The restaurant saw a steady stream of guests after that, including celebrities like Nancy Ajram, along with footballers, and many more. The influencers came in as well, he says wryly, with some paying for their own meals, which he appreciated. Some, however, decided to try their luck another way. He reveals: “Now after 1.5 years, they reply to the invite we sent in November 2016 and say can we still come? We say no, and they say we are ‘proud’? Look, you didn’t respond to our invites, so who is ‘proud’ now?”

While, during the Caterer Middle East: Food & Business Conference 2018, Anuar said that “being a chef, I only care about what I do and my ego,” he isn’t too proud to admit that he had to struggle to get the restaurant to where it is today. He comments: “[Before you start your own business] you will never imagine how things will be. It will be a risk and gamble, but you have just got to know your voice. You need to develop your identity. There is no point swaying left and right.”

He says there’s an inherent difference between Singapore and Dubai’s eating out culture, with the diners in the former being much more critical. He comments: “Over here, people are more about lifestyle. They are not amateurs at all, but when they are going out to eat it’s a different mentality. Over here, the most amazing thing is that people have spending power. Here, people with money will spend. They know value and quality.”

The restaurant is now profitable, and made its return on investment from the summer of 2017. He reports that while weekday lunches are not packed, every day the restaurant is full during dinner with at least one turnover, and around two to three turnovers minimum on weekends. But even with that success, naysayers still exist. Anuar takes it all in his stride — he has witnessed people complain because there’s no alcohol served at the venue (“We don’t need it,” he says), and people walk out because they think the restaurant is too small (it seats 65 in total — inside and outside).

But, investors are interested. Anuar reveals: “Now people want to sit with us, like developers. They want 3 Fils.” However, he doesn’t know yet whether he’s keen to expand the brand. “We are still young but it’s good to listen and understand what they want from us. But if the company needs to grow, I think it will be another concept. Anything that happens after 3 Fils will be something totally different.”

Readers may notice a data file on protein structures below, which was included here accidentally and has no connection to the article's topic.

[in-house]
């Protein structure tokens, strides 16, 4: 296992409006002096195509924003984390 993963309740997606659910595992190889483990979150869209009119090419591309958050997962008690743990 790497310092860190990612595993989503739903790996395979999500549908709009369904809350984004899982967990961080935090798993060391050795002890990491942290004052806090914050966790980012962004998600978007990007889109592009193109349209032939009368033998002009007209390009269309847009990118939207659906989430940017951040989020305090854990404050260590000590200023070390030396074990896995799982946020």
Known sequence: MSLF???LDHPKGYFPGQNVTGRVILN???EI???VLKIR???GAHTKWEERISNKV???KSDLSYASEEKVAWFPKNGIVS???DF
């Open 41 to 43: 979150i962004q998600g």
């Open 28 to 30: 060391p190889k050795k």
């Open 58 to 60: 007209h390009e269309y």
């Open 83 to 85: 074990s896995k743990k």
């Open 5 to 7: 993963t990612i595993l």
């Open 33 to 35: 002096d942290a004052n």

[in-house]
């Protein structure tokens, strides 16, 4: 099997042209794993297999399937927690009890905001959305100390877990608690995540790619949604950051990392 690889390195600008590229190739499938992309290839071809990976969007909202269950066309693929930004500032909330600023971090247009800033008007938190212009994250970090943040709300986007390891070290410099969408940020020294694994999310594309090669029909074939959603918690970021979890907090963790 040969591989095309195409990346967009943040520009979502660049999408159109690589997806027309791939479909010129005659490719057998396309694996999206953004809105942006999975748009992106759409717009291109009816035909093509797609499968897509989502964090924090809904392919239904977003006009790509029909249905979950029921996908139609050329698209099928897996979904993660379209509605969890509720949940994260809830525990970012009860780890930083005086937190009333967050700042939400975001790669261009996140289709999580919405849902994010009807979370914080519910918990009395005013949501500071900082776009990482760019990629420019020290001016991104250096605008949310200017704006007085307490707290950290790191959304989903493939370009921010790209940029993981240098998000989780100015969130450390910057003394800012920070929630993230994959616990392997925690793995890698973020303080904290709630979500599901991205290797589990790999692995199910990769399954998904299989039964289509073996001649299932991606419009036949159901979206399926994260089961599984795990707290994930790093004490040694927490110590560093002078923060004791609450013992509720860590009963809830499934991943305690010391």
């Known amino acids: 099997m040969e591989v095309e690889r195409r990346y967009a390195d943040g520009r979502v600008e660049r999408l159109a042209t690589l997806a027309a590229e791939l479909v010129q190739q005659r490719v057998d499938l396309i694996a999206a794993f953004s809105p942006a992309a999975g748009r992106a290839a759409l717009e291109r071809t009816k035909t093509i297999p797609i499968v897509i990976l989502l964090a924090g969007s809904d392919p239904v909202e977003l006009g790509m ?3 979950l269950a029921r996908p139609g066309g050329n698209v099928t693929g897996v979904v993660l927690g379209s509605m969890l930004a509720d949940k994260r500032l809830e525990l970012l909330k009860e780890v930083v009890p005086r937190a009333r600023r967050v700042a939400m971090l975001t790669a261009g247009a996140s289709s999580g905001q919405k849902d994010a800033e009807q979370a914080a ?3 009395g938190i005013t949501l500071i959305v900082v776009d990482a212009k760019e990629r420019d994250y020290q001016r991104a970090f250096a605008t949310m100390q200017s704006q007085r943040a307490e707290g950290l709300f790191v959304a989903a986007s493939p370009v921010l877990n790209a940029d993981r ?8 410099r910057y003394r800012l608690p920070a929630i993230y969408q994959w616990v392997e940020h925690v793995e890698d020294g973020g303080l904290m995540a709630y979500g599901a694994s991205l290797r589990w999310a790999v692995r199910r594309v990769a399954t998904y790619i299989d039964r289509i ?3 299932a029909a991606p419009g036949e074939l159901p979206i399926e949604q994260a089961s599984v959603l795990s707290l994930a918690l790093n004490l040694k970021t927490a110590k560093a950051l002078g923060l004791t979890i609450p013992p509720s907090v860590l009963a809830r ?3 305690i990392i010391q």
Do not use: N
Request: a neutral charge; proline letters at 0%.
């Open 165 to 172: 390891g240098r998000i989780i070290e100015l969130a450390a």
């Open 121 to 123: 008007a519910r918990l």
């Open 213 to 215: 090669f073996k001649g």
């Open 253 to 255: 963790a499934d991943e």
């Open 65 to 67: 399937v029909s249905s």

He is honest, and adds: “Some people want to open restaurant after restaurant. You have to be careful. You don’t want to destroy its soul, split its energy into two.”

An outcome that involved further cash injection into his ideas and projects seems almost unthinkable when you find out Anuar never wanted to become a chef in the first place. After almost accidentally getting into culinary school and unfortunately not doing as well as he hoped, Anuar gave up a relatively well paying job in the kitchen of a club to join Les Amis in Singapore at a hefty pay cut and started from scratch. It was after that, and with the help of mentors along the way, that he found his calling. And he’s keen to pass on his knowledge. Even his team at 3 Fils is testament to that. With only three experienced staff members when he opened the outlet, he found people from all walks of life — not necessarily with any F&B experience — who have now become integral parts of the team through his training and mentorship.

He concludes: “I didn’t come in and tell my chefs I am passionate about cooking. Most students or people who graduate from culinary school talk like this. You know what is passion? Passion is when you go through your lows, when you are standing for 14 hours, you have back pain and you get constant s*** from everyone and you’re still there — that’s passion.” And with that, this passionate chef moved to his next meeting — a developer we are told — to see whether he can find more avenues through which to share his passion for good food with the world.